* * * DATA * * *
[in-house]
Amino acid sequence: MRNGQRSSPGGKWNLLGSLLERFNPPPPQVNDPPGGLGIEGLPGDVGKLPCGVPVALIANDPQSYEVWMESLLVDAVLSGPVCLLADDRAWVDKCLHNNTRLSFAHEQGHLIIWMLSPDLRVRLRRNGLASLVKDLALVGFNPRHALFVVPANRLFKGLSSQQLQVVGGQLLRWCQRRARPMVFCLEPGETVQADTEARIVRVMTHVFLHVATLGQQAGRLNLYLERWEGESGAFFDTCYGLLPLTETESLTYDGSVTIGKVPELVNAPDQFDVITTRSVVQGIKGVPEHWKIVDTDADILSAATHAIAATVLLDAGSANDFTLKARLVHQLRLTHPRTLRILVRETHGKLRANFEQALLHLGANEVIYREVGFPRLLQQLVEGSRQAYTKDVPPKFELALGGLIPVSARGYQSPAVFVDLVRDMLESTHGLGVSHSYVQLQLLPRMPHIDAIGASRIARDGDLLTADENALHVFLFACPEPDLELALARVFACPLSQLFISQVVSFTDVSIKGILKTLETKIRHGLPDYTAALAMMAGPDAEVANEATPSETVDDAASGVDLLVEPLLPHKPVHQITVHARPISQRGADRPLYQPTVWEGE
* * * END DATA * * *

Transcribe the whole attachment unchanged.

[in-house]
Amino acid sequence: MRNGQRSSPGGKWNLLGSLLERFNPPPPQVNDPPGGLGIEGLPGDVGKLPCGVPVALIANDPQSYEVWMESLLVDAVLSGPVCLLADDRAWVDKCLHNNTRLSFAHEQGHLIIWMLSPDLRVRLRRNGLASLVKDLALVGFNPRHALFVVPANRLFKGLSSQQLQVVGGQLLRWCQRRARPMVFCLEPGETVQADTEARIVRVMTHVFLHVATLGQQAGRLNLYLERWEGESGAFFDTCYGLLPLTETESLTYDGSVTIGKVPELVNAPDQFDVITTRSVVQGIKGVPEHWKIVDTDADILSAATHAIAATVLLDAGSANDFTLKARLVHQLRLTHPRTLRILVRETHGKLRANFEQALLHLGANEVIYREVGFPRLLQQLVEGSRQAYTKDVPPKFELALGGLIPVSARGYQSPAVFVDLVRDMLESTHGLGVSHSYVQLQLLPRMPHIDAIGASRIARDGDLLTADENALHVFLFACPEPDLELALARVFACPLSQLFISQVVSFTDVSIKGILKTLETKIRHGLPDYTAALAMMAGPDAEVANEATPSETVDDAASGVDLLVEPLLPHKPVHQITVHARPISQRGADRPLYQPTVWEGE